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Toporowski installs synthetic ice to grow youth Q-C hockey

Toporowski installs synthetic ice to grow youth Q-C hockey


Jake Toporowski works with Jackson Panther, 12, of Davenport, during a 1-on-1 session on synthetic ice in Bettendorf.

It was the perfect storm.

With the COVID-19 pandemic, the derecho knocking out power at the River's Edge and limited ice year round, Jake Toporowski decided to come up with a solution to continue coaching hockey to younger kids and high school athletes.

Bring 24 to 30 panels of synthetic ice into an area that was previously used as a dance studio.

"It’s pretty heavy," Toporowski said.

The opening has proved to be successful for the Quad-Cities community.

Toporowski continues to use the techniques bestowed upon him during his tenure with the Spokane Chiefs in the Western Hockey League to the new generation of Q-C hockey talent at the JT23 Hockey Skills Lab in Bettendorf.

It’s the newest facility under his JT23 coaching umbrella that allows Toporowski to work one-on-one with players as well as offer small group lessons.

"We lack resources here in the Quad-Cities with hockey development," Toporwoski said. “Figured why not run with it.”

Synthetic ice is material made from plastic. It creates a firmer surface for skating, making it crucial for sharpening skates prior, while keeping the same ice feel. There is no necessity for a cold-climate condition.

Toporowski's younger brother, Luke, has had experience with it when living in Chicago and Spokane.

"It’s definitely different, you can’t stop moving your feet. It’s a hard workout for your legs," Luke said. “The synthetic ice we have going isn’t for skating, it’s more for skill work.”

That is the area Jake is focusing on — little skating, more shooting and stick-handling drills.

It has been welcoming for his students.

"This is always available, ice is so limited here," Jake said. “We have a 30x22 floor surface and that’s about all you need for what we’re doing.

Yet prior to this, Jake had zero clue about synthetic ice. It wasn't until a former Quad City Storm player told him about it and the advantages that come with it.

John Schiavo, a winger for the Storm that played in 14 games during the 2019-20 season, told his assistant coach about a synthetic ice area he has in his backyard.

After a couple of conversations and research, Jake was all in.

"It went pretty quick once the conversations started," the Bettendorf native said. “He just said it’s great for skills, he said ‘If I were you, I’d do it.’ I trusted his word and so far, we’ve had no issues.”

There were also added bonuses to where the area is located.

Ameriprise Financial Services is a business run by Kerry Toporowski, a former Quad City Mallard who is the father of Jake and Luke. That happens to be right below the skills lab.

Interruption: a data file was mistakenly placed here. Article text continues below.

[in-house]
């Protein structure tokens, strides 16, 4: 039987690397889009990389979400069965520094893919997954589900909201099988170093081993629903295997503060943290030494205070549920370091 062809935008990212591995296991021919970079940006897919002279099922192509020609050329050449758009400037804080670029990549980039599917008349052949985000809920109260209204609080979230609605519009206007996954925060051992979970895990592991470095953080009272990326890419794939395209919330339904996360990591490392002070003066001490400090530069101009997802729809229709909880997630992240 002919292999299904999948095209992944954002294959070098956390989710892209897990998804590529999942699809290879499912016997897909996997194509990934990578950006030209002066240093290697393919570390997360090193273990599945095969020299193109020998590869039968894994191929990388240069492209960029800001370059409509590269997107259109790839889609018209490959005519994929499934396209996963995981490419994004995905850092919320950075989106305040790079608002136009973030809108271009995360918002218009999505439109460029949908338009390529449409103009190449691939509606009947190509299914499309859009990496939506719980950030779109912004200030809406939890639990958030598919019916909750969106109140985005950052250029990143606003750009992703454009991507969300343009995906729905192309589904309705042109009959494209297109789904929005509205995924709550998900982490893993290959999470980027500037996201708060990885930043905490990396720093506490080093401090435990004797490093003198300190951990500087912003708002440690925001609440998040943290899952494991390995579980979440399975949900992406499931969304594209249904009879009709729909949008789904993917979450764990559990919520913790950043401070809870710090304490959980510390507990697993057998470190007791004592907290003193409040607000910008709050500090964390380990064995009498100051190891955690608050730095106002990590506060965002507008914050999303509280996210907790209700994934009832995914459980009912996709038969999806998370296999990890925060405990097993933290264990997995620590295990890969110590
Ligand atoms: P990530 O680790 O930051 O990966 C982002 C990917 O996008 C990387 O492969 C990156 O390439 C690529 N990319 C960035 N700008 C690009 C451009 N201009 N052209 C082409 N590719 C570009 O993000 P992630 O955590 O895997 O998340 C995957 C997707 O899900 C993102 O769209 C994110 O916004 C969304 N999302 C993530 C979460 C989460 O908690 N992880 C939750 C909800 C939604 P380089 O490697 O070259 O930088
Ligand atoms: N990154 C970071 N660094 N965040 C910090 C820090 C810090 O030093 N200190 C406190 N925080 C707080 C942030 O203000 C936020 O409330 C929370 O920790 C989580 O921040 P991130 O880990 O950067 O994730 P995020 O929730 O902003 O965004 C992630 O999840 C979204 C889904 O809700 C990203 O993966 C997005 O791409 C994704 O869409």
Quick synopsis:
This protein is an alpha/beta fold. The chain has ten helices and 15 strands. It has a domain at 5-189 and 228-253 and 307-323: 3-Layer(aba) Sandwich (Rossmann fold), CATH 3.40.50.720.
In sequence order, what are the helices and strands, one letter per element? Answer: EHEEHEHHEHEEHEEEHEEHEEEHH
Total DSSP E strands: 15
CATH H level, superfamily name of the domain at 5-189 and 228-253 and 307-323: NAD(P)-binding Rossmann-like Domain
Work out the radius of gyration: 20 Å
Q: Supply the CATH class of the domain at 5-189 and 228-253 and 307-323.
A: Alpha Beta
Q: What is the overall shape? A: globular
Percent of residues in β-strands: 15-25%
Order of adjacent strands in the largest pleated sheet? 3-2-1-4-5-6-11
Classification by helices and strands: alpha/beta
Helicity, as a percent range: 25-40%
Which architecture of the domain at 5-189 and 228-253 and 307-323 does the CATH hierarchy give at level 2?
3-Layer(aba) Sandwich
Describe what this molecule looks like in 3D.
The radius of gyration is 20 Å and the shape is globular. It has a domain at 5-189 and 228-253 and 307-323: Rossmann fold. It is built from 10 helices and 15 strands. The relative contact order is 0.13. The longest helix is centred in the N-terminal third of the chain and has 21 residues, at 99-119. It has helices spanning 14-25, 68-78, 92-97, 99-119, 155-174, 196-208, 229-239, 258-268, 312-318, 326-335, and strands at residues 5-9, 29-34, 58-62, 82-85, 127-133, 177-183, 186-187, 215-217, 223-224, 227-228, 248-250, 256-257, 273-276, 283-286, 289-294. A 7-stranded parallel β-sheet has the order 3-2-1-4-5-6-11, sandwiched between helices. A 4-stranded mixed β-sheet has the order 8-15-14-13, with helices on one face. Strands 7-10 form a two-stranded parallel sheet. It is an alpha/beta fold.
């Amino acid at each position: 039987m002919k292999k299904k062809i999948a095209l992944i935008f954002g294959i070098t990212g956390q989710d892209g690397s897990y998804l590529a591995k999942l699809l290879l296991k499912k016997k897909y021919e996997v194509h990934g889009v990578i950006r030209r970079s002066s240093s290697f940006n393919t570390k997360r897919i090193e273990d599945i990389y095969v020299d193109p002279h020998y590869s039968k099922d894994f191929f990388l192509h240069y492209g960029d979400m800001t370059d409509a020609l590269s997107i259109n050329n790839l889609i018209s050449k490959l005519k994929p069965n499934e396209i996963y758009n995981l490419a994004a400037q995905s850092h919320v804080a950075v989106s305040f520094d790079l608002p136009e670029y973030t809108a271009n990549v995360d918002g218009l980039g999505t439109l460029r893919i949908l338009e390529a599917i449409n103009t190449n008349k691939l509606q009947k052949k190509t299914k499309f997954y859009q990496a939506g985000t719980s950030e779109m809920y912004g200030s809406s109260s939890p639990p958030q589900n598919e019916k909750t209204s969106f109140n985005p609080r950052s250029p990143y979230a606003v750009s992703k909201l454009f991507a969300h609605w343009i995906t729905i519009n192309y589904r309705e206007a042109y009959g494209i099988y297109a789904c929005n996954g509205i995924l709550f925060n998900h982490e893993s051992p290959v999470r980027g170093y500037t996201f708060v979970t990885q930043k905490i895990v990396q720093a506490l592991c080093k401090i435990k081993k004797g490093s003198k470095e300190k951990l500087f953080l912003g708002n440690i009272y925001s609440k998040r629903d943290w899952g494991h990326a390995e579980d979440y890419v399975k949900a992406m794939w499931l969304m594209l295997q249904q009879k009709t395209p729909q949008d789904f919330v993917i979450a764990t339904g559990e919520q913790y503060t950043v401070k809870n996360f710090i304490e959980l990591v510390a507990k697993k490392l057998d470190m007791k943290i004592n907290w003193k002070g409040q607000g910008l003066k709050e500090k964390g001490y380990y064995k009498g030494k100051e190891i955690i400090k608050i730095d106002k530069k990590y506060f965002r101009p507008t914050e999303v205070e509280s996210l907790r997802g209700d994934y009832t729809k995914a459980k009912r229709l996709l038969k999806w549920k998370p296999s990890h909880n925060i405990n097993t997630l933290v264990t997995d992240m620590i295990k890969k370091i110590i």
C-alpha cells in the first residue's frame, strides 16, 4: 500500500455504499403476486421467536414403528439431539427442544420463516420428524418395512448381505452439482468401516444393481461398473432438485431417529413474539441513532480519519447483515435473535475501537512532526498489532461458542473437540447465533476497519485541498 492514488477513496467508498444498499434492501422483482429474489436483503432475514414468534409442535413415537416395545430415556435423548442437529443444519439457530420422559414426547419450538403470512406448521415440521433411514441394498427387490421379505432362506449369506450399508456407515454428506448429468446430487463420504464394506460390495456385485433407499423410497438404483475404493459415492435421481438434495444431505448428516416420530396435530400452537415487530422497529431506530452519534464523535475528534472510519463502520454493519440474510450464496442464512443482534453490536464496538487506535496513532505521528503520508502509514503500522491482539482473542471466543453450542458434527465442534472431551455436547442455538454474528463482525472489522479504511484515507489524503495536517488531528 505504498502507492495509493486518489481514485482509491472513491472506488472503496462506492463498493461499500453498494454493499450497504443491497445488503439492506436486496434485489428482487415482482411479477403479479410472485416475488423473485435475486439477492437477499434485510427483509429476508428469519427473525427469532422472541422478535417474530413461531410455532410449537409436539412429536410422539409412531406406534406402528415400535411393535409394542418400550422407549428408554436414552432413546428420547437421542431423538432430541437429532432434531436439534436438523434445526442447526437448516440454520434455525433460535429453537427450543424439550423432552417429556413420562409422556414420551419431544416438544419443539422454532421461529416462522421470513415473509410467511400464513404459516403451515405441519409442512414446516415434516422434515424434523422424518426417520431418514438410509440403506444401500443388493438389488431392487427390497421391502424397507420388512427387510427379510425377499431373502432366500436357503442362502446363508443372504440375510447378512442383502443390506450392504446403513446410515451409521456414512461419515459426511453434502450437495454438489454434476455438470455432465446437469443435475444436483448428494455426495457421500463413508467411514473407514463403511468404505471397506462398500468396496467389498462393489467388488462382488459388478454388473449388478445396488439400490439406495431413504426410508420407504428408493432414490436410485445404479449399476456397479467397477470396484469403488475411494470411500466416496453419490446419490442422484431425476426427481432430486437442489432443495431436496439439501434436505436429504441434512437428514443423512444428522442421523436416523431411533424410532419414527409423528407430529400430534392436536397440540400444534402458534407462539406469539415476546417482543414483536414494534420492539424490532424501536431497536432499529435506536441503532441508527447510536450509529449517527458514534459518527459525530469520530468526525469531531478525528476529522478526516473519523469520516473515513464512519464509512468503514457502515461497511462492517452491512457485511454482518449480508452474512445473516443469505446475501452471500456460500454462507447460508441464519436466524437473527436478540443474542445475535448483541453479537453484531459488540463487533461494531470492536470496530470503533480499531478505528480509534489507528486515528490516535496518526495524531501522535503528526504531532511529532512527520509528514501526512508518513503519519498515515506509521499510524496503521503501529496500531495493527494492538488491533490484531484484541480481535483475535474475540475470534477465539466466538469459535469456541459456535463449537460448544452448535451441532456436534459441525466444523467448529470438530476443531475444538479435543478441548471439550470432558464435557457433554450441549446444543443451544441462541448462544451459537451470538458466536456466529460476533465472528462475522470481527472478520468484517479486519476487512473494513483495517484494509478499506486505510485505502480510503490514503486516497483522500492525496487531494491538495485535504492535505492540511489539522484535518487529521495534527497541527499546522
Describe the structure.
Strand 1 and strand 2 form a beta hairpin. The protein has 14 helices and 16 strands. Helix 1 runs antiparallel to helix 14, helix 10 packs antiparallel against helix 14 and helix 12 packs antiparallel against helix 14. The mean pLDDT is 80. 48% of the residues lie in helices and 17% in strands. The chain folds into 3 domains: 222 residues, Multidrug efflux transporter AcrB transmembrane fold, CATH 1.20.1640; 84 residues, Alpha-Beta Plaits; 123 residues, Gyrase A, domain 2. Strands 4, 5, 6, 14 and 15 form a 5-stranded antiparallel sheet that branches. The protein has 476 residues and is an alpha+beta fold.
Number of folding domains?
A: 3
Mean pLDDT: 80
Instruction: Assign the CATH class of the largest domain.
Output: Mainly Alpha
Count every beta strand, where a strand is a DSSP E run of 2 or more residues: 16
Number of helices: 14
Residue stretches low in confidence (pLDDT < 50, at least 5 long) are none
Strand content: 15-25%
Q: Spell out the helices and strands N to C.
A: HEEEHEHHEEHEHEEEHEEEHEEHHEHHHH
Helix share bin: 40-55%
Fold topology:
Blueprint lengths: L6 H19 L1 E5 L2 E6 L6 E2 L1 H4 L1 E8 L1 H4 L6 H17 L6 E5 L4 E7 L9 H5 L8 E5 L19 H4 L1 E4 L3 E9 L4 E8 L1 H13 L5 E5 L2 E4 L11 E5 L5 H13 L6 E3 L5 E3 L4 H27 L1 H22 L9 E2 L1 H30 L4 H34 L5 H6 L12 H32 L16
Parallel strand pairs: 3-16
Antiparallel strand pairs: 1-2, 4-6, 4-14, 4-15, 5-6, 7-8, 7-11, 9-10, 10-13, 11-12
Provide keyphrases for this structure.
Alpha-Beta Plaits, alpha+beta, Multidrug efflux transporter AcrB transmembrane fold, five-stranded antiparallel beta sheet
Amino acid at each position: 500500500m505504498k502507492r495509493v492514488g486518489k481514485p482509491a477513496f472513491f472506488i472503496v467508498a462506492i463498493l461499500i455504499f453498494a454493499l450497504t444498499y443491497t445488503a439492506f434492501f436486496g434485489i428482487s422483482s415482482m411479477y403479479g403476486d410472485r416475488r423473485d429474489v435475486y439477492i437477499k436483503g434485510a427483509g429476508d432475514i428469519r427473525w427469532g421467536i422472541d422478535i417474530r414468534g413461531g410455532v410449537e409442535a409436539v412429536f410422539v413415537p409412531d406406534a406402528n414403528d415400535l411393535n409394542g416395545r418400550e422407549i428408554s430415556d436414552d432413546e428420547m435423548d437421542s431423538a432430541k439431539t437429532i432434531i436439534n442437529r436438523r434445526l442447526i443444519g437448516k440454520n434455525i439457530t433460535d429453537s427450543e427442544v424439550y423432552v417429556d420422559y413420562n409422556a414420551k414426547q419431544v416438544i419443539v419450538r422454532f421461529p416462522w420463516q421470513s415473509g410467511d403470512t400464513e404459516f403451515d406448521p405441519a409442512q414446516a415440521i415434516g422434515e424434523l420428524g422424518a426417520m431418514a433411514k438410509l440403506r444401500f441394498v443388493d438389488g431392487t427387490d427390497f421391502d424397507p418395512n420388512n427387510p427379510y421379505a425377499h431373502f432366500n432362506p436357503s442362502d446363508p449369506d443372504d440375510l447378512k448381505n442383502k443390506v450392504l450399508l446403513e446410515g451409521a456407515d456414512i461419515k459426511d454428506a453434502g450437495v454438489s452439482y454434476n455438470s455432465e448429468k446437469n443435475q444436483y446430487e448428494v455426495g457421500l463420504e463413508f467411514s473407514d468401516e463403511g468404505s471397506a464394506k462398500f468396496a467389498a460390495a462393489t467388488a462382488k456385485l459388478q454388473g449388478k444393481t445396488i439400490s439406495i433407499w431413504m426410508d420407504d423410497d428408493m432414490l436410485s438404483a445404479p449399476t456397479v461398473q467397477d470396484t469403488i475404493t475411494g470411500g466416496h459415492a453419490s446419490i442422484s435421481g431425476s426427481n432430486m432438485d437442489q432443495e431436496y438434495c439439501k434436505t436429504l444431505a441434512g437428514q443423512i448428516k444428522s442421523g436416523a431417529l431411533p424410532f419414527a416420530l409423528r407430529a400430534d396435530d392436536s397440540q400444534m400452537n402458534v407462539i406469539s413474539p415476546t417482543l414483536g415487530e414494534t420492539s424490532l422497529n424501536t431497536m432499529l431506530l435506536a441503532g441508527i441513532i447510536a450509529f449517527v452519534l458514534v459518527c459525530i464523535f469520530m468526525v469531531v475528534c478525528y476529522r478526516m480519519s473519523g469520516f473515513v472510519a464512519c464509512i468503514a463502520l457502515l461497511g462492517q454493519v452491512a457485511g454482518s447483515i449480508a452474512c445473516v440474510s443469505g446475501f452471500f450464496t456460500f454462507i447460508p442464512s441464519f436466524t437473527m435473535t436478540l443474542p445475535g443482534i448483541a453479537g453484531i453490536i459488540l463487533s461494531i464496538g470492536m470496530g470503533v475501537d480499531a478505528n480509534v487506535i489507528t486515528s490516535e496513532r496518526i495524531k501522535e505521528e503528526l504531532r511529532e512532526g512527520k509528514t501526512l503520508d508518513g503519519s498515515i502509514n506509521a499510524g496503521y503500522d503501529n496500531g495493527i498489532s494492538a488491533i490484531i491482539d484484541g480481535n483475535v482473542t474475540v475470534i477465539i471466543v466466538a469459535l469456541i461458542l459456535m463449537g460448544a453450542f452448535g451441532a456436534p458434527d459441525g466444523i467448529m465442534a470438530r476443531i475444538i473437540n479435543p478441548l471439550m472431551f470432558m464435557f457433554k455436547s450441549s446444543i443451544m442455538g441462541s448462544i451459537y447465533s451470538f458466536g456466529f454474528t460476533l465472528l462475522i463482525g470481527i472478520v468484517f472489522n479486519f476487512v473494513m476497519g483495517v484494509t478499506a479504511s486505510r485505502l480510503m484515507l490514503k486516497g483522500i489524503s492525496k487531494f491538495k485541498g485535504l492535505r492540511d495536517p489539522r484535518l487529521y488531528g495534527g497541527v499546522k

Noise was one of the main problems Kerry had when it came to the dance studio. He stated it was an initial concern for the rink.

So far, it hasn't been a distraction.

"When this location became available, it was perfect," Jake said. “When the noise was fine, we kind of ran with it. It kind of sounds like we’re moving stuff around for 45 minutes.”

"Noise has not been an issue, and it isn’t an issue," Kerry added.

Once the sale was finalized with the landlord of the property, Steve Cotton, the process of hauling in the plastic sheets made from the company PolyGlide took six-to-eight hours, according to Luke.

Through the first few months of the business, the Toporowski family is pleased with how Jake is doing.

"We got people in here fast, he’s done a good job keeping people interested," Luke said.

Jake believes this can grow into something bigger as well as maintain the early sustainability he's created. The River's Edge training will still happen, he said, but this was an added element to continue coaching.

The balance between coaching adults in the Southern Professional Hockey League and Q-C area kids has been, in his eyes, easy.

"It’s almost two completely different things,” Jake said. “For the kids here in the (Quad City Hockey) association, my focus is the development, like basic skills. For the Storm, it’s more system based. It’s a win-win that I get to do both and experience coaching both sides of the game.”

For now, with the uncertainty of a minor league hockey season, Jake is being surrounded with the ability to still coach and stick around his family that he said has been by his side from Day 1 of this business.

To him, that's been a blessing.

"Everyone loves it," Jake said. “Everyone in the family was super supportive of it. It’s been awesome.”


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